Dec. 11, 2015

Prof. Charles Fine


Prof. Charles Fine

President & Dean, Asia School of Business


Prof. Charles Fine is the Founding President and Dean of the Asia School of Business (ASB) in Kuala Lumpur. He is the Chrysler Leaders for Global Operations Professor of Management at the MIT Sloan School of Management. In addition to serving on the faculty at MIT Sloan for over 30 years, Professor Fine has taught as a visiting professor at the Stanford Business School, the Harvard Business School and the Indian School of Business. His research focuses mainly on supply chain strategy and operations for entrepreneurs. His work has supported the design and improvement of supply chain relationships for companies in the electronics, automotive, aerospace, communications, and consumer products industries. Fine holds an AB in mathematics and management science from Duke University as well as an MS in operations research and a PhD in Business Administration from Stanford University.

Sloan has other Schools in its network, but all of them with partners or preexisting schools. What are some of the challenges and advantages of starting from scratch?

The ability to be innovative in curriculum design can be enhanced when there is no preexisting legacy to contend with. MIT's motto “Mens et Manus” (mind and hand)communicates a commitment to integrating theory and practice, creating a deep connection between what goes on inside the classroom and what goes on outside of it, for example, in the “real world.” Over the past three decades, MIT Sloan School has refined the application of the mind-and-hand motto into its “action learning” curriculum. Consistent with a philosophy of innovation and entrepreneurship, dozens of action learning curriculum experiments have been run at MIT Sloan, and many have been wildly successful. As this approach has caught on, and as some MBA programs have been criticized for an overemphasis on theory, many business schools around the world have been retrofitting action learning into their curricula.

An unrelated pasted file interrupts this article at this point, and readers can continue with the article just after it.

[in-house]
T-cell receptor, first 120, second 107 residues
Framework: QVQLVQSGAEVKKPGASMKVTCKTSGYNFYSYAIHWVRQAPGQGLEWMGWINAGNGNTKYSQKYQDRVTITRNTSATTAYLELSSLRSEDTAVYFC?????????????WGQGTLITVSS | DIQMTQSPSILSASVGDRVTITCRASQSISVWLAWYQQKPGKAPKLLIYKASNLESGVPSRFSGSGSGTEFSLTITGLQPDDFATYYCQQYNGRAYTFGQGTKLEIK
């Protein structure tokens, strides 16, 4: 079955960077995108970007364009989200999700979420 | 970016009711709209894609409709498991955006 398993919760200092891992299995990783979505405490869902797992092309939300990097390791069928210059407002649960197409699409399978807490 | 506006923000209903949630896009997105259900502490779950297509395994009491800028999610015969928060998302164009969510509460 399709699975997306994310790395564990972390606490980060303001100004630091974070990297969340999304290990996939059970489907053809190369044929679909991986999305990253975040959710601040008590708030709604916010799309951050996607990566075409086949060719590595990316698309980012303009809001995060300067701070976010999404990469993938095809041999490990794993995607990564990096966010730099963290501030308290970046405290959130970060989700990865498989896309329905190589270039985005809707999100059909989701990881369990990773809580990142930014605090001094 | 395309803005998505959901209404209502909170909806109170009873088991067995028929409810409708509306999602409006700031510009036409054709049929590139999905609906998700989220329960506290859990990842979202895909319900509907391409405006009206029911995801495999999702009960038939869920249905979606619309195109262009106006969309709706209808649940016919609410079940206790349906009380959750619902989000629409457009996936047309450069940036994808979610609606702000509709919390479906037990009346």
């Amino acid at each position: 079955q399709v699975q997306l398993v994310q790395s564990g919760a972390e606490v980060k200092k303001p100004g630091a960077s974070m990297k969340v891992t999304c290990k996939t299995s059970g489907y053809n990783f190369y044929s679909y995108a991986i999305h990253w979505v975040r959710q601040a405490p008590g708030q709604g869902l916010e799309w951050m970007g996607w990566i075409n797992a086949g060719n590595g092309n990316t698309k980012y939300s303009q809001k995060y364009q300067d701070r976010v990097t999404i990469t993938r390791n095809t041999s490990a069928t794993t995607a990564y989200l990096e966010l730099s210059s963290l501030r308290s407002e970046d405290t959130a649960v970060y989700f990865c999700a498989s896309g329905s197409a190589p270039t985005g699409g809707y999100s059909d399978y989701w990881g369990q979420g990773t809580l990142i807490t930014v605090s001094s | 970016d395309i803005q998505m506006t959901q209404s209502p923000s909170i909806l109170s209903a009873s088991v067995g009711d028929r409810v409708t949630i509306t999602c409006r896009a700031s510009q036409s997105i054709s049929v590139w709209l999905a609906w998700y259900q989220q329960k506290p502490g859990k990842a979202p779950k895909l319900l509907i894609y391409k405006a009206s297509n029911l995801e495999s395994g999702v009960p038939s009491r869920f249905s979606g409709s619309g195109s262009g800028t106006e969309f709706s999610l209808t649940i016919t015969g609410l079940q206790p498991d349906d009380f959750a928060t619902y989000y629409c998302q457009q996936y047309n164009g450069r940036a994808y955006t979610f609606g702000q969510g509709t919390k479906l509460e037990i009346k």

What are the advantages of action learning?

Action learning improves the learning experience, as well as the market value of the graduating students. Action learning projects enable students to learn how to apply theory and tools in complex, dynamic organizations while they are in school so they can add value in organizations much sooner once they get out of school. Perched near the geographic and cultural center of an Asian continent with 3 billion people, ASB students will have the opportunity to engage with multiple projects in multiple countries, in addition to having a term of study at MIT in Cambridge, Massachusetts. Thus, ASB MBA graduates will have a truly global action learning background when they finish our program. Our partnerships with corporations throughout the region, allowing students to have the opportunity to do projects in, for example, Malaysia, the Philippines, and Hong Kong, will give them a deep appreciation of the challenges and heterogeneity of Asia and South-East Asia. Employees who comprehend global markets, global competition, and local cultures will be much more valuable to their employers.

Does the ASEAN economic integration impact your outlook?

South-East Asia seems like a particularly ripe area in which to bring more quality business education. I have a colleague who summarizes business strategy theory as “Find a lonely place on the frontier and then innovate.” You want to be on the frontier, but you do not want to go where all the competition is. You want to go where there is less competition and where you can get a foothold and be successful, then innovate and continue to push the frontier. Relatively speaking, South-East Asia is a lonely place on the frontier. There are many good universities in this region, but it is not overly populated with them. I believe there is enough room for an institution such as MIT to come in and establish itself as a premier partnership school for the region. We very much want ASB to be Asian in orientation, and we want to appeal to people who want an Asian component to their education, as opposed to a copy of a Western school located in Asia.